Federal budget on hold

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WASHINGTON – Unable to bring together warring moderates and conservatives, House Republican leaders failed Thursday to get enough votes to pass the fiscal 2007 budget resolution and yanked it from the floor until after the Easter recess.

The action raised the possibility that the GOP majority may not be able to approve a budget this year and that the government might have to continue federal spending with current programs basically intact.

Democrats have already pledged to oppose the Republican budget, which would have called for spending $2.8 trillion in 2007.

It largely paralleled President Bush’s budget proposals, although it included some new enforcement mechanisms to keep spending in line.

Failure to get enough votes for the budget was a setback for the Republican leadership, especially newly elected House Majority Leader John Boehner, R-Ohio.

The departure of Majority Leader Tom DeLay, R-Texas, left the GOP without the tough tactician known for an ability to twist arms on close votes.

Moderates refused to go along with the level of budget reductions in the bill. Rep. Mike Castle, R-Del., said moderates held out for an increase of $7.2 billion in spending for labor, education and health programs.

“I think it’s a good thing for Republicans” that the budget did not go through with these cuts, he said, adding that it put a better face on the party going into the November congressional elections.

By contrast, Rep. Mike Pence, R-Ind., a conservative leader, said he and his colleagues supported the budget measure, adding the leadership had held the line on spending and agreed to such reforms as a line-item veto.

Asked if there might not be a budget approved this year, Pence responded, “That’s out of our hands now.”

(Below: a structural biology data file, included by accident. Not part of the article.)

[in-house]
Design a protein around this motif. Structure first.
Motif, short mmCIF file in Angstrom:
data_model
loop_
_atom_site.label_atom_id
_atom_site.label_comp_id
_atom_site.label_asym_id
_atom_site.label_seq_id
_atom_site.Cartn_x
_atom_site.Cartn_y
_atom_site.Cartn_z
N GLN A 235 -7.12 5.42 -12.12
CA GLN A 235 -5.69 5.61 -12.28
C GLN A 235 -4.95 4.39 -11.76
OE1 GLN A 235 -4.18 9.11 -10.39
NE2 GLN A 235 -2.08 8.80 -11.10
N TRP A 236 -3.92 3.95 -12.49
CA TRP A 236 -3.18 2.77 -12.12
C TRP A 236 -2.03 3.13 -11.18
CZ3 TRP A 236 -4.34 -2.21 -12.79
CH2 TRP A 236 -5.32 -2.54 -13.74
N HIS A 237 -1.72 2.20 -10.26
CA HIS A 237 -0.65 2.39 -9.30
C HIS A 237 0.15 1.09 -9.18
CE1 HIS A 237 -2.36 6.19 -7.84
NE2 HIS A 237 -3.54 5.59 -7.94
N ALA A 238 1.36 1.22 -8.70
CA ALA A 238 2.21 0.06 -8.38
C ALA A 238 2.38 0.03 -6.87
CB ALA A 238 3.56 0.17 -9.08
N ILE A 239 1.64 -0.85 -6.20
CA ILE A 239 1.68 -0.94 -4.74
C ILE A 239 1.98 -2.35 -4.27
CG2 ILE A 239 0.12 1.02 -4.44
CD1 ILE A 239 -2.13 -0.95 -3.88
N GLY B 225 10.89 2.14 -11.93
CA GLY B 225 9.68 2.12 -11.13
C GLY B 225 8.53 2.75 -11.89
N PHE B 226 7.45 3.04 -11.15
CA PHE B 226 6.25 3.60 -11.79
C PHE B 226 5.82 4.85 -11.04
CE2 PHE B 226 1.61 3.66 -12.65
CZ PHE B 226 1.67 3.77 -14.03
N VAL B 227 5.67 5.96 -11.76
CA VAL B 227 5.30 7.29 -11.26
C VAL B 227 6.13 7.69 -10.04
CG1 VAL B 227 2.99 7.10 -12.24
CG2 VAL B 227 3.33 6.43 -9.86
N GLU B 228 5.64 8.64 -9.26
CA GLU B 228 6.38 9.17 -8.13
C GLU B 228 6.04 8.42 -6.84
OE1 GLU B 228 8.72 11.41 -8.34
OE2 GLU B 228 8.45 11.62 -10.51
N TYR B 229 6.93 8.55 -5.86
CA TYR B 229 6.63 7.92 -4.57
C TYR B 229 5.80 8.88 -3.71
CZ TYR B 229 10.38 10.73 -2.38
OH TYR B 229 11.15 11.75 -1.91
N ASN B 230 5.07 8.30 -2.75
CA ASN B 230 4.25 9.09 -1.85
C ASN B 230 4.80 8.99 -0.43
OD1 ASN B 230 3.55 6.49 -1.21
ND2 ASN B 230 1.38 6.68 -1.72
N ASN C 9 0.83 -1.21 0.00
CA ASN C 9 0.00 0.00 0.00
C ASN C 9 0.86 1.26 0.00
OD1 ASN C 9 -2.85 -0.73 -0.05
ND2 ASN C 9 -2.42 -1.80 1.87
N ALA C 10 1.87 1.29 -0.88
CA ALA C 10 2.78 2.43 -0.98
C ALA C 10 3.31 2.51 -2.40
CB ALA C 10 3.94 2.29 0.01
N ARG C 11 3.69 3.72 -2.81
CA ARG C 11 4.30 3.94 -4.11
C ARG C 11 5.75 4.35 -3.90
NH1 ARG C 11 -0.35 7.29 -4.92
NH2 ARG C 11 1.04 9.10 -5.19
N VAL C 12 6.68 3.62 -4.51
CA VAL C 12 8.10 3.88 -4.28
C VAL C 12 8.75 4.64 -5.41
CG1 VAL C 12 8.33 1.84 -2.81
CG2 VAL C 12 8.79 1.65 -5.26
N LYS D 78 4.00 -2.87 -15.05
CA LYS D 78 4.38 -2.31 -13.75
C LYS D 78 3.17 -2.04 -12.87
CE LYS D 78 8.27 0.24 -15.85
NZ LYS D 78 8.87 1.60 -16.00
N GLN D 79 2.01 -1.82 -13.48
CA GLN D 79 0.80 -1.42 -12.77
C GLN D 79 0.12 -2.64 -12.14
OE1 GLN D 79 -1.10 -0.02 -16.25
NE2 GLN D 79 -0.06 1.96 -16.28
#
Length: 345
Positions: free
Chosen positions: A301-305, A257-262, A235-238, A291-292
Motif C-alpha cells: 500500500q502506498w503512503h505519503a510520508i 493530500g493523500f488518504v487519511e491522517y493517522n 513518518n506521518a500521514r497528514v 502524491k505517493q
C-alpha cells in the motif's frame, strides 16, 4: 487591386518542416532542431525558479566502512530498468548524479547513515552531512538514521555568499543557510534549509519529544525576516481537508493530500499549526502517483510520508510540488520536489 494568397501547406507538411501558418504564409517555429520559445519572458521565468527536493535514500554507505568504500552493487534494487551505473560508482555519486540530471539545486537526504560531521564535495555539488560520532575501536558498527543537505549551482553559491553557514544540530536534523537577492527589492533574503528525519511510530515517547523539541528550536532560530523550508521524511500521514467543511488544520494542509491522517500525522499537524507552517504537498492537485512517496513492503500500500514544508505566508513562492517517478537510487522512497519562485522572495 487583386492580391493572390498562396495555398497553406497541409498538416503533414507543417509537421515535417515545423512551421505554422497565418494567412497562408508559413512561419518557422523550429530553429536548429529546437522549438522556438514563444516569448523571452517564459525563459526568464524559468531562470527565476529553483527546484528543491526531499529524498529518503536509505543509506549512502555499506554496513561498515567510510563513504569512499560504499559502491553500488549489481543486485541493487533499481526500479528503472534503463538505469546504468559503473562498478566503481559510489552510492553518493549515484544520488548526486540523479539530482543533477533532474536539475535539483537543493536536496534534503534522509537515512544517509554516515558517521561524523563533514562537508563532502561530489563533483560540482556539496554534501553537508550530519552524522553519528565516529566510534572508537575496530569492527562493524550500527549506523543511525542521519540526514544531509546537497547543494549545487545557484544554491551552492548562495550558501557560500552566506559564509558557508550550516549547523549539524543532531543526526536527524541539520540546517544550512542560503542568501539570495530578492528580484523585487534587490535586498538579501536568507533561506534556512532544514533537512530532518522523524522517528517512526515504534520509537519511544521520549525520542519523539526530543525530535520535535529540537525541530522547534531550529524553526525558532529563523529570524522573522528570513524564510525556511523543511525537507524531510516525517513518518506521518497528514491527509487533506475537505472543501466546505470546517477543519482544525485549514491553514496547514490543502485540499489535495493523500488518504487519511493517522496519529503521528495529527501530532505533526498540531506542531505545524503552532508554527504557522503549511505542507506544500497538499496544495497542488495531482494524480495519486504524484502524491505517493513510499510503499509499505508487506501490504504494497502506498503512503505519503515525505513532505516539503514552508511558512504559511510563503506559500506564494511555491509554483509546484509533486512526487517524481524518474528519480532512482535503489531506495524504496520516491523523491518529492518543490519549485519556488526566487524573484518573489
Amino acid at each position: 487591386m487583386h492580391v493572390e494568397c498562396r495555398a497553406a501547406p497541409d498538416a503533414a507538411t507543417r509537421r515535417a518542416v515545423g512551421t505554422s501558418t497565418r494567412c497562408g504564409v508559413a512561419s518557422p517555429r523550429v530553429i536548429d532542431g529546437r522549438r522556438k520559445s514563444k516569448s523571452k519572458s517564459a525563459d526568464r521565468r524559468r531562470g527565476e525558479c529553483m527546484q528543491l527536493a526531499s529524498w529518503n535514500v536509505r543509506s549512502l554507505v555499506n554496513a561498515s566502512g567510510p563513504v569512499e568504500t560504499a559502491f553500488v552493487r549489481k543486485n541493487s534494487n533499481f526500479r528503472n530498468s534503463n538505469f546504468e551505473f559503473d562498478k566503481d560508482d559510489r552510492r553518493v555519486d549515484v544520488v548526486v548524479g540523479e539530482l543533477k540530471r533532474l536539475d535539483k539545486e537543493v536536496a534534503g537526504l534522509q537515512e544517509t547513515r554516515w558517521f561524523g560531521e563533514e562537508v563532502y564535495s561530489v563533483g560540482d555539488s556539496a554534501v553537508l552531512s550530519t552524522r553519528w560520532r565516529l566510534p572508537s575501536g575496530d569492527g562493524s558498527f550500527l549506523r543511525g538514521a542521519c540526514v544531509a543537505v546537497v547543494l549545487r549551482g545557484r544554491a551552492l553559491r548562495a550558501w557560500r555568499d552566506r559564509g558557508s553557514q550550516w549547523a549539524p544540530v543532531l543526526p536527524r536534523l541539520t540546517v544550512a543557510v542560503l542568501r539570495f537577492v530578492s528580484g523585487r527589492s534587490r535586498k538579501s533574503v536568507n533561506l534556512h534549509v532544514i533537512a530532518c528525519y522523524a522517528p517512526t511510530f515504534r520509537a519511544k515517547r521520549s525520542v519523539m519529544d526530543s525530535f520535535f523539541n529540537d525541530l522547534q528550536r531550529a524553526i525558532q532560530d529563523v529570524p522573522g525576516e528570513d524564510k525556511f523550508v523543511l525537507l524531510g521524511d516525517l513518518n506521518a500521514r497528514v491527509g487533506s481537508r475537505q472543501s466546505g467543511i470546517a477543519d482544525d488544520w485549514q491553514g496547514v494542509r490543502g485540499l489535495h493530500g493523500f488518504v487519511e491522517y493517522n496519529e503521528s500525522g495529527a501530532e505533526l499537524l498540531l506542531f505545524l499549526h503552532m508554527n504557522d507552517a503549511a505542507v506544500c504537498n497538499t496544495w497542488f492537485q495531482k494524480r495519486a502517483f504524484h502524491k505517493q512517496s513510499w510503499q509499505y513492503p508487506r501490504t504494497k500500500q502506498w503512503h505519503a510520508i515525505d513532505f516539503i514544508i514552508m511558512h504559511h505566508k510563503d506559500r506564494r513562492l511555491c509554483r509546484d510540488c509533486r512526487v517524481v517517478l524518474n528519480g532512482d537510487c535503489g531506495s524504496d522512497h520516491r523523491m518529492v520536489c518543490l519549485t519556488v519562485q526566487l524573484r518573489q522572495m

He added, “We’ve taken a hard-line stand” on the budget. GOP conservatives have aligned themselves with the leadership, he said.

In a statement, Boehner blamed Democrats for the postponement: “We’ve taken big steps toward making a bold statement with a fiscally responsible plan that roots out waste, fraud and abuse in federal programs. … It is unfortunate Democrats would refuse to consider a fiscally responsible approach rejecting the failed policies of more taxes and more spending.”

Boehner said he was hopeful that the House could approve the budget after a two-week recess, although earlier in the week he had indicated that he might not pursue a post-recess vote if the budget did not pass this week.

The budget is a non-binding resolution that nonetheless sets overall spending targets for government programs, and is used as a vehicle for allocating funds.

Failure to pass the measure left proposals to extend tax cuts on dividends and capital gains in limbo. The White House hopes to pass these tax-extension proposals this year, along with a bill to mitigate the effect of the alternative minimum tax, or AMT.

The AMT was originally designed to ensure that wealthy Americans did not escape paying taxes, but it has not been indexed for gains in inflation. Without action, the levy will hit growing numbers of middle-class taxpayers.

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